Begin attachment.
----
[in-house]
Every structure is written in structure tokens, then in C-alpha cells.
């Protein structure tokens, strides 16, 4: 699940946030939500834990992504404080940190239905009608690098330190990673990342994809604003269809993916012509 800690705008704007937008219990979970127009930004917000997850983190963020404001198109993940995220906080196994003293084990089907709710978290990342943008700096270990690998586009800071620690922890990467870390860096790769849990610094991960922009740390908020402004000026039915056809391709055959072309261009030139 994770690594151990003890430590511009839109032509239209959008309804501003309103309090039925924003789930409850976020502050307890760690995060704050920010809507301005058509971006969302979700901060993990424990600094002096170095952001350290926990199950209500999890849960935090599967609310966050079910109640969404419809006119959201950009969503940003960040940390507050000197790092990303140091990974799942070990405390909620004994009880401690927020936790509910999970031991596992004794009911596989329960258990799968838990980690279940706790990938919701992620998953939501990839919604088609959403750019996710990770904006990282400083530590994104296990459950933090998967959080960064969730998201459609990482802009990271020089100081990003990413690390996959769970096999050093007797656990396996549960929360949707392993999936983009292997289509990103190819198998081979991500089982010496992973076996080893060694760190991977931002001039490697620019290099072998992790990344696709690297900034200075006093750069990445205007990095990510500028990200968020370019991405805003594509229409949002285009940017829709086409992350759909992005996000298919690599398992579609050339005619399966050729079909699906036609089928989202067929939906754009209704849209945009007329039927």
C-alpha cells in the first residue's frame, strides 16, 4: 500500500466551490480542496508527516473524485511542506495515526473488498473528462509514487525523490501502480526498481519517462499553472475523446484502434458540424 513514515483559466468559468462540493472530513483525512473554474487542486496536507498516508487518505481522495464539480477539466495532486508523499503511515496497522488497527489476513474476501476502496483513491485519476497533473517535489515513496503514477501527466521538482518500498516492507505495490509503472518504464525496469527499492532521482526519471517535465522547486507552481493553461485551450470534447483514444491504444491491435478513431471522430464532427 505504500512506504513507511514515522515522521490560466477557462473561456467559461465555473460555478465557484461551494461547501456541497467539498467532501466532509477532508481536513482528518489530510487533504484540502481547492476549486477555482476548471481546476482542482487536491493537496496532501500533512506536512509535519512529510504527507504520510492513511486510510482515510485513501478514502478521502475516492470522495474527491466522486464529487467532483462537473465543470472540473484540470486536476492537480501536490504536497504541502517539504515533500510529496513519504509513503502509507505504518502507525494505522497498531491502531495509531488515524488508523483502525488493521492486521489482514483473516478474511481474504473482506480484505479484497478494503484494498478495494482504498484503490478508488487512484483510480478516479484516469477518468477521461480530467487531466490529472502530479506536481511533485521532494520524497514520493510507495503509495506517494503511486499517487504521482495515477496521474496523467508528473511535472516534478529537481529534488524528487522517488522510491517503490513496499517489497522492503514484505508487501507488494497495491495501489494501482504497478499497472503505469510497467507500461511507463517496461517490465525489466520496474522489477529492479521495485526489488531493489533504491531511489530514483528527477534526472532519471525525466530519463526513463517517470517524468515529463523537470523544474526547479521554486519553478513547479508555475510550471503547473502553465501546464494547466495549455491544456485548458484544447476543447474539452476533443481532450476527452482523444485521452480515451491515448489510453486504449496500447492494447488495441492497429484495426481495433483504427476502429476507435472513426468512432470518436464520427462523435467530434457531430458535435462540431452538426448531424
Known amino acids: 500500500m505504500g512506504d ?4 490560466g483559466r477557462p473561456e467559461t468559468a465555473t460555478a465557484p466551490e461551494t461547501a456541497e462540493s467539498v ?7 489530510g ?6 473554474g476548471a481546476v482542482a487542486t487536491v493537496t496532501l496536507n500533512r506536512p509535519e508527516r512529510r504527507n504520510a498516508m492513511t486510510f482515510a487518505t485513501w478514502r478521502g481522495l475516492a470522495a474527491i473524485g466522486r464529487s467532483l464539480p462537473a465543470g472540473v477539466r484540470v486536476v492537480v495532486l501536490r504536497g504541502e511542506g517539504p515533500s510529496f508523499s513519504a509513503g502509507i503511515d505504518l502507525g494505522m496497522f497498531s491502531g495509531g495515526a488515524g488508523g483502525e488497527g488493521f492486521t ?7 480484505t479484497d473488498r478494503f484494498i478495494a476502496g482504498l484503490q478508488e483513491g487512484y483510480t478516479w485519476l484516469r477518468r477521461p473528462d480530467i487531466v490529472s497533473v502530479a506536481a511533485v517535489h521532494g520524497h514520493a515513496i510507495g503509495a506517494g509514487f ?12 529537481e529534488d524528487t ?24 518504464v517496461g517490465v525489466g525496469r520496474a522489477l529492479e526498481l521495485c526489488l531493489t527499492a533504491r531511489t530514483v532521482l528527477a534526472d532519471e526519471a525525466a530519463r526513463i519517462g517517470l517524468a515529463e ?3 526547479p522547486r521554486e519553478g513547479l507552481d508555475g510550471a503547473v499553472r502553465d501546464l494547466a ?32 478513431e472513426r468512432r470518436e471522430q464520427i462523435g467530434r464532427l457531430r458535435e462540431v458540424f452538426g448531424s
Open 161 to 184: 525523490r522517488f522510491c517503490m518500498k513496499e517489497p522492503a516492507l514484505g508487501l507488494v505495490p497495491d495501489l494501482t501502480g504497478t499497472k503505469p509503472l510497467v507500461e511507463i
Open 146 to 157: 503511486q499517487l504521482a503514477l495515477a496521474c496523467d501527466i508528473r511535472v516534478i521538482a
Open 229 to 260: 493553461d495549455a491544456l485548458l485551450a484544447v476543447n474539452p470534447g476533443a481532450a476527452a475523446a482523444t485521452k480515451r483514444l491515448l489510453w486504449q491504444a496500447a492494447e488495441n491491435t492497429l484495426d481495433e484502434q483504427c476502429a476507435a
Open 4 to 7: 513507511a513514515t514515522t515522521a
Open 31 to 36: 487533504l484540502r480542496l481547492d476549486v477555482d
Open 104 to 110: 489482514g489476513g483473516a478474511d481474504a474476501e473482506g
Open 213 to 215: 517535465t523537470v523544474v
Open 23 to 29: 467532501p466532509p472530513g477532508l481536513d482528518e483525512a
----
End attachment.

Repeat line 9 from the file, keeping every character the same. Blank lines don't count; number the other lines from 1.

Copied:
Open 4 to 7: 513507511a513514515t514515522t515522521a